“You’re healthy stock,” my father would say. He played tennis every day until he was 82. My mother walked daily with a friend. Neither was rarely sick. My mother developed Parkinson’s disease mildly at 65 which didn’t affect her daily life until her late 70’s.
Only in the last 2 years of his life did my father suffer with congestive heart failure, which caused him to lose so much weight he looked like a survivor of a concentration camp. That was when he and my mother had moved here to Clearwater, where my two sisters lived.
Some days we’d walk into their apartment at Regency Oaks and Dad would be sitting up at their small kitchen table eating his cereal, feeling fine. One day I walked in and he was sitting in his recliner, not feeling well at all. He often asked, “When do you think I’m going to go to the doctor and start feeling better?” He was a Dale Carnegie positive thinker. My unspoken response was, sadly, “Dad, you’re not going to be getting better.”
The day that hurt me the most was the day he said, “Just take me out and shoot me.” So unlike my Dad; he rarely complained but I knew the CHF was miserable.
Then the next time I visited, he was sitting in his recliner watching tennis on TV and he turned and said, “We’ll remember these days as the good times.” In my heart my response was, “Oh Dad, you have to be kidding, this is awful seeing you declining and suffering.” Now I laugh to myself that actually he was right: we enjoyed many good times with them in those last years, in spite of his health.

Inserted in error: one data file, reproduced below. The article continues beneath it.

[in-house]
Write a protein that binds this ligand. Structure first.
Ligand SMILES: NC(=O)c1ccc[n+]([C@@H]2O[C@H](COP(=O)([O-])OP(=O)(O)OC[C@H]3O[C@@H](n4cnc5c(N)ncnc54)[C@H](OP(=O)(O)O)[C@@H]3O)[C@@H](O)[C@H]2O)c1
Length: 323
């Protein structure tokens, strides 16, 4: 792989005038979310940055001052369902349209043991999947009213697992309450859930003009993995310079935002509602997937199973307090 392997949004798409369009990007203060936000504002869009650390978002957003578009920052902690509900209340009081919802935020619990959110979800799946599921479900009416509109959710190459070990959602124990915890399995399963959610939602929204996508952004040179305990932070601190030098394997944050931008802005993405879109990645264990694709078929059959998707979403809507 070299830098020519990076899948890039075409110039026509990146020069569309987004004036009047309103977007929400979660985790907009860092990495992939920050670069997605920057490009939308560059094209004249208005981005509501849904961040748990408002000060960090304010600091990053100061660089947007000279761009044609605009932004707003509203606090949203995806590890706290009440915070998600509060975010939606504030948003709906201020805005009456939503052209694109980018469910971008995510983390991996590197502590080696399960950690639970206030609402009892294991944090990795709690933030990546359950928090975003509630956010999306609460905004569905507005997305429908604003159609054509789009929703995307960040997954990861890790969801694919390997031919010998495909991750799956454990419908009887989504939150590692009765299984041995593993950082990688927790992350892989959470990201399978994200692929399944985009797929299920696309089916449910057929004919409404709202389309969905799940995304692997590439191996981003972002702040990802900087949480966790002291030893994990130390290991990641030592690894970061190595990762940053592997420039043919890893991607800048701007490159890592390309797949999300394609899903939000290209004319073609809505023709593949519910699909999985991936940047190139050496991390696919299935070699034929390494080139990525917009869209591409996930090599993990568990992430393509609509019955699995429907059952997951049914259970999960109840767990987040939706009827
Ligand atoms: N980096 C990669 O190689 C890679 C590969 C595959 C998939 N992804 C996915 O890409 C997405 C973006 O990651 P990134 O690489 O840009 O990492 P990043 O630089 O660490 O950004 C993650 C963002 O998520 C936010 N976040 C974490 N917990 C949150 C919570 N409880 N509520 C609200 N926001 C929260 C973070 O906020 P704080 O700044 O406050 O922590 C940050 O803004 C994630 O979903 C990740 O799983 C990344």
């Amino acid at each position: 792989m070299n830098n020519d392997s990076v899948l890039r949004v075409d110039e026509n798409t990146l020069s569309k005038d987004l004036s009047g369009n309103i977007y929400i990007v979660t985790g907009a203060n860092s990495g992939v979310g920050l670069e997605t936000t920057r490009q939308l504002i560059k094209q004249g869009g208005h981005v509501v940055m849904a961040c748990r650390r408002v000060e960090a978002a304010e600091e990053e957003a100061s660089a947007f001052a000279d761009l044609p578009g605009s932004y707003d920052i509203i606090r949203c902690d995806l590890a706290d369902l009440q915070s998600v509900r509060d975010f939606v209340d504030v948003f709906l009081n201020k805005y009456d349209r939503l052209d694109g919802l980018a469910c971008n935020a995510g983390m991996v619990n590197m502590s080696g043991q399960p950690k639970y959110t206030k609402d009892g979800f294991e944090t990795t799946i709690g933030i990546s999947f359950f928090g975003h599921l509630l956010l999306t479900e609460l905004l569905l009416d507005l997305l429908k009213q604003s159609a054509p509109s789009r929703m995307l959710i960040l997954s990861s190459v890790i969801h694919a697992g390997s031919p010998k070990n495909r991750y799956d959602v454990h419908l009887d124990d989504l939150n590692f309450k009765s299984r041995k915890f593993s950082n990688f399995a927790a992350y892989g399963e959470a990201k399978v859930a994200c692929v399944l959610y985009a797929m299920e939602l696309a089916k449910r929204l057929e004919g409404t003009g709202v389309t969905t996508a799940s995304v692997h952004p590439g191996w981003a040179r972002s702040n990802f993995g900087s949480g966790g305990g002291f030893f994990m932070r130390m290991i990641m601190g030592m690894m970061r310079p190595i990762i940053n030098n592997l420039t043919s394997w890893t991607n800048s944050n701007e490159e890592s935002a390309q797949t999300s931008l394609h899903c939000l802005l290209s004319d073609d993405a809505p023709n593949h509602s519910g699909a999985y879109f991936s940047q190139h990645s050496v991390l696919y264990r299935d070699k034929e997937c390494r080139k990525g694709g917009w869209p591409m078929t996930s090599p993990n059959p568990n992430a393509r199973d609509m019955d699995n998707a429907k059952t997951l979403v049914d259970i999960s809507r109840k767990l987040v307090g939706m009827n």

I’m thinking about my dad’s health because I think I’m too thin right now, like him. My appetite is coming back, but with drug withdrawal symptoms I’m not always hungry to eat, but know I should. Then I worry that the stress of being too thin and anxiety is hard on my heart. Duane checked that and it’s fine.
In my frustration and impatience with healing from surgery and overcoming medicine issues, my therapist suggested that maybe God has this time for me to slow down, wait, and work on relaxing.
“You need to adjust your expectations,” she said. “Give yourself six months to heal.” She suggested the “Calm” app when I was feeling anxious. Also, I began setting the iPad beside my bed so I could listen to hymns when I woke in the morning. Duane and I continue to take a walk after supper to listen to a Psalm and pray.
“Get a massage,” was another idea of the therapist, which was a new activity for me.
And Duane has been gently keeping me doing/going while also saying, “I understand.” I love him so much.
My morning devotional thought from March 5 was, “…He gives more of Himself to one person than to all the governments, politics, programs and opinions of this world. So dear believer, take courage and trust your loving Savior to get you through whatever you are facing today. You are a much loved child. Believe it.”
The blind hymn writer Fanny Crosby penned the lyric that followed, “…. Safe in the arms of Jesus, safe on His gentle breast. There by His love o’ershaded, sweetly my soul doth rest.”